Customers will decide, of course, what they want and need based on their experiences. Having a good selection of socks and boots for different conditions definitely helps. Lacrosse, Danner, DryShod, Baffin and other brands span the gamut of warm to freezing temperatures. Wool socks from Darn Tough, Lacrosse, Wigwam, Smartwool, Swiftwick and others are great selections, and come in different models for a variety of temperature ranges. Be sure if possible to put your socks, nylon liners, laces and gaiters near the boots for easier shopping.


Years ago hunters stuffed coat pockets with whatever they needed for a hunt: snacks, toilet paper, water, extra ammunition, calls or other gear. Or they maybe had a shoulder bag for their kit and made do with everything jumbled around inside. At some point, backpacks became popular and have since become standard. With ample room inside for extra clothing or jackets and specific pockets for calls, lights, ammo and other gear, it’s easier now to head to the stand with everything organized. They can hang on a tree in a stand or be easy to access from a chair in a blind. 

Bags from Alps OutdoorZ, Tenzing, Plano, Mystery Ranch, Erblestock, Sitka, Filson and others are designed well for rifle and bowhunters. They come in a wide range of sizes, from frame packs for backcountry hunts and hauling out game to small daypacks for a quick hunt. The Alps Pursuit and Tenzing Hangtime are two of my favorites. They have ample room for gear, comfortable straps and are tough as nails. The price is right, too, for hunters looking for packs that will last.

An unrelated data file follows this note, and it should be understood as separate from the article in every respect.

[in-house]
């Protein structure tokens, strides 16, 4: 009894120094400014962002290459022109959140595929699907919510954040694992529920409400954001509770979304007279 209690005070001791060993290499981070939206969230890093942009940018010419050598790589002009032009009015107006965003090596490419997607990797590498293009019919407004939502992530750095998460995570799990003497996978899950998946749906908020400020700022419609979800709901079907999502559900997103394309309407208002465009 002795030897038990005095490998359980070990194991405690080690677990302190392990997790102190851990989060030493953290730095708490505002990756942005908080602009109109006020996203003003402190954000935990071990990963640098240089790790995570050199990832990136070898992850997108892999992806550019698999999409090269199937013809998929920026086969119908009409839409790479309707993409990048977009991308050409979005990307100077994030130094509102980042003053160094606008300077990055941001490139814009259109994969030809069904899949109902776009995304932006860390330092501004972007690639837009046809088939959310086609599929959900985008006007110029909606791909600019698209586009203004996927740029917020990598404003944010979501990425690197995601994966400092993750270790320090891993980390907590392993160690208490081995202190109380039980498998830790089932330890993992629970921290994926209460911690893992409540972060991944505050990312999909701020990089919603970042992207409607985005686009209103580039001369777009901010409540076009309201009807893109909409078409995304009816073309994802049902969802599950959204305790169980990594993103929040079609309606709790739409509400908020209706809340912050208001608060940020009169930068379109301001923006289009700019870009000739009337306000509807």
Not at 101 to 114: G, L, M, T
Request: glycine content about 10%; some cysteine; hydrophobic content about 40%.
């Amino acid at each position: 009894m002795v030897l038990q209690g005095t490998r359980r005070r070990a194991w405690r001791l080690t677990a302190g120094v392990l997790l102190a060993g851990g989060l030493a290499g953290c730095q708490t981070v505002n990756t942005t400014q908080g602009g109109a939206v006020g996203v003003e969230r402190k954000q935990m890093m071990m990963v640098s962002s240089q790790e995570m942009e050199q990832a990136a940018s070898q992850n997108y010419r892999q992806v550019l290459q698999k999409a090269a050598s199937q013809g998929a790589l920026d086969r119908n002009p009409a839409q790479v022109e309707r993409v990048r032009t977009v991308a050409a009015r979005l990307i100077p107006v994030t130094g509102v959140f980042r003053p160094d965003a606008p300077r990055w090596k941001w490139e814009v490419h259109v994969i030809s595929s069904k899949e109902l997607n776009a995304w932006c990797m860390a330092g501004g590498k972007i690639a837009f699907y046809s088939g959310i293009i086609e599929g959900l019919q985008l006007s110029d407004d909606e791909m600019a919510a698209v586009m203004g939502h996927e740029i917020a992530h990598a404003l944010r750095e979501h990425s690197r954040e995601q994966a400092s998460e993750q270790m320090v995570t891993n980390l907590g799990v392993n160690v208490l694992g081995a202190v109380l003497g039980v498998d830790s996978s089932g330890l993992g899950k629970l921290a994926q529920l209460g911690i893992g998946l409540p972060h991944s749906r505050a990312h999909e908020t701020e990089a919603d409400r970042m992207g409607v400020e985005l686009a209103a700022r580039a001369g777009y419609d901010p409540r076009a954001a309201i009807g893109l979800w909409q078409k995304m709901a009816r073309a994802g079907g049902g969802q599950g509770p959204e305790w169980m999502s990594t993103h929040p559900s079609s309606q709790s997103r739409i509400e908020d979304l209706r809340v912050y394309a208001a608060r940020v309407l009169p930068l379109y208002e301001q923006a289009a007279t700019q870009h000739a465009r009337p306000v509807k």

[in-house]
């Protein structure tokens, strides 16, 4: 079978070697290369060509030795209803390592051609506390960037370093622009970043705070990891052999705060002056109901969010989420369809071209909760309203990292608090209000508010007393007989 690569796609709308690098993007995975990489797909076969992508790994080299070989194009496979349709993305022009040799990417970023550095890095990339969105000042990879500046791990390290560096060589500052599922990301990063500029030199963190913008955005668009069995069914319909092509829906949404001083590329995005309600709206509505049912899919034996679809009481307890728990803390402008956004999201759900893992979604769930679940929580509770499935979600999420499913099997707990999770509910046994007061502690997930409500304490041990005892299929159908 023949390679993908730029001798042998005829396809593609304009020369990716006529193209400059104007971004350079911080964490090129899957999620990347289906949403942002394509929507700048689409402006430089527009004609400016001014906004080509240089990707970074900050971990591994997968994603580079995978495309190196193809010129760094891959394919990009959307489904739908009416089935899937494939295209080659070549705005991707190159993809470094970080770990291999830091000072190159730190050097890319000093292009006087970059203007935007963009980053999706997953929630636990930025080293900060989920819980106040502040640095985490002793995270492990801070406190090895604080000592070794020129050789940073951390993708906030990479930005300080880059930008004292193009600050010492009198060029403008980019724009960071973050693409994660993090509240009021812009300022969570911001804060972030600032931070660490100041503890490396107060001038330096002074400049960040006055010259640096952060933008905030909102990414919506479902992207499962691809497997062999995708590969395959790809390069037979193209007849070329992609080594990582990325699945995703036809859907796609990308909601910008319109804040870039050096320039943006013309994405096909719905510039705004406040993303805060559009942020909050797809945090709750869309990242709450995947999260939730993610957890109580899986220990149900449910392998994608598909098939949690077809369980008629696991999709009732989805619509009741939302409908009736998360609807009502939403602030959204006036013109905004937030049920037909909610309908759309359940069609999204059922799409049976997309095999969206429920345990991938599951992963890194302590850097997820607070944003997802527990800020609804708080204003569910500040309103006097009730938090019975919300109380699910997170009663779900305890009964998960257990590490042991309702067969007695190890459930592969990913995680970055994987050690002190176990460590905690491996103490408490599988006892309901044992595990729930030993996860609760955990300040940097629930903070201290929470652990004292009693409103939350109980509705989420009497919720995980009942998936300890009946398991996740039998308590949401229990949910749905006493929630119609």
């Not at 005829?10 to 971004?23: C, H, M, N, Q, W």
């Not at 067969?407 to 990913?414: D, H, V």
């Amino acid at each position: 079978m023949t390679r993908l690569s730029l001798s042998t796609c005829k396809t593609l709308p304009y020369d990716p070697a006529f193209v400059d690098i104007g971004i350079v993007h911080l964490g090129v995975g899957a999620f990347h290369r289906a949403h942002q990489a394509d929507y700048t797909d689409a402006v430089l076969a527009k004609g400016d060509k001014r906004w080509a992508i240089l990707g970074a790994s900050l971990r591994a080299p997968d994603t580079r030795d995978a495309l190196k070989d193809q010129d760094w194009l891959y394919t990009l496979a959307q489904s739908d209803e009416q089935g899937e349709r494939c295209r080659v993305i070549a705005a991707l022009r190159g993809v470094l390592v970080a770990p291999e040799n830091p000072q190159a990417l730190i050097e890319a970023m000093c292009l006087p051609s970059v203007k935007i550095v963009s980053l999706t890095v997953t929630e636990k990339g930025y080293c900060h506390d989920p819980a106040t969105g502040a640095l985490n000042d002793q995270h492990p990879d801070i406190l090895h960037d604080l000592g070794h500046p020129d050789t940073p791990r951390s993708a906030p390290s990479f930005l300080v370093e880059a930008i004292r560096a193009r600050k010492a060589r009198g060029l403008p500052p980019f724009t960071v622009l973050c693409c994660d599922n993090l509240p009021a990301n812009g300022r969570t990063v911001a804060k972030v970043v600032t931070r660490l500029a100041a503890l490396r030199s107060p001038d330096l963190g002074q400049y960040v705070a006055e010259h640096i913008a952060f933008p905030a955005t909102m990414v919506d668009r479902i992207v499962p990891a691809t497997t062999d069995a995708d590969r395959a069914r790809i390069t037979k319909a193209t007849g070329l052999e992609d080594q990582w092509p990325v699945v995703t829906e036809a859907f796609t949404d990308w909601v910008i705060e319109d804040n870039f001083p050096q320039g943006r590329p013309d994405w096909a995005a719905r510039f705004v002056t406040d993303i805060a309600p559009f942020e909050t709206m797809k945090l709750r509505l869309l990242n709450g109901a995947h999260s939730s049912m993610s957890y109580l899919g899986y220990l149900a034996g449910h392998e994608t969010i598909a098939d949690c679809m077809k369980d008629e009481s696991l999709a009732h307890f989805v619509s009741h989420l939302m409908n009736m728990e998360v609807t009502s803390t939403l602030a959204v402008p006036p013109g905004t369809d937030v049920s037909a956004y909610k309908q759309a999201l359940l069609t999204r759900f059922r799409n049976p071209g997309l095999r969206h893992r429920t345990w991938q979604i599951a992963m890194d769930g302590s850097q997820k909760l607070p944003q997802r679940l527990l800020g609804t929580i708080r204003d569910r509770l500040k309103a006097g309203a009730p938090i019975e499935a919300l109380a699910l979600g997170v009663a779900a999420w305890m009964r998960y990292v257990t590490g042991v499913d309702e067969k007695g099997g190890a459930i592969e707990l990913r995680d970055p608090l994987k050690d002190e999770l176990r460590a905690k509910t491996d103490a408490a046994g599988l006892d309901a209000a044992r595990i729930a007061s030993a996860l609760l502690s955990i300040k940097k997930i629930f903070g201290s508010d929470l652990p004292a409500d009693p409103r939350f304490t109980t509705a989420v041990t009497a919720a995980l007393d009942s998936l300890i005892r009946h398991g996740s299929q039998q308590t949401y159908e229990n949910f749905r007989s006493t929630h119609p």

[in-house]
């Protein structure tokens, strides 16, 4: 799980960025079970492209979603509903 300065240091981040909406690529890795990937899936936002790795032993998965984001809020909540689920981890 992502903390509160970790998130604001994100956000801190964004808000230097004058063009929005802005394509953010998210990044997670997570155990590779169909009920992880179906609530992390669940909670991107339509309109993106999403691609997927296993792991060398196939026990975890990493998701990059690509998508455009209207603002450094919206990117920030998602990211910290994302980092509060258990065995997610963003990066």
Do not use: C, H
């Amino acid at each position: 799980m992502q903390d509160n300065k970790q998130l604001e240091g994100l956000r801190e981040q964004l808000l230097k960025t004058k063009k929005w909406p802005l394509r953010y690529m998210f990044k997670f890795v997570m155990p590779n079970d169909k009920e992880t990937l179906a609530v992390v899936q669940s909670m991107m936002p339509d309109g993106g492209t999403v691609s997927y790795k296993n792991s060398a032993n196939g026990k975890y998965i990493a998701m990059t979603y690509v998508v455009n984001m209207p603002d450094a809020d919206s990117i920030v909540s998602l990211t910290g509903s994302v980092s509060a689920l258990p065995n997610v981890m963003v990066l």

Rangefinders, Binoculars

Knowing the distance to a target is critical no matter where the hunt is taking place. In Canada, hunting with bait — typically alfalfa and corn in a pile about 50 to 60 yards from a blind — is common. Bowhunters may not have that setup but still need to know the distance for a shot. Out west, hunters chasing mule deer or pronghorns need to know accurate distances, especially if they’re taking a long shot. Rangefinders eliminate the guesswork. 

Binoculars also are equally important, of course, to get a clearer look at movement. A flitter in the brush may turn into a whitetail. What looks like an 8-point at a glance might be a 7-point due to a broken brow tine, and thus doesn’t make an outfitter’s requirement. Binoculars clarify and confirm, and can be the difference in success or a sour moment when a buck is ground-checked. 

Check with customers about whether they need either of these important optics. The options for both are long: Leupold, Zeiss, Sig Sauer, Vortex, Leica, Bushnell, Swarovski, Muddy and Halo are among the solid options for price, quality and size. A bowhunter may choose some 8x32 for close observation while a mule deer hunter heading west may want 10x50 for hours of glassing. 

Be ready with options, and information on the selection, to answer questions they’ll ask while considering what they’ll need to make their hunt a success.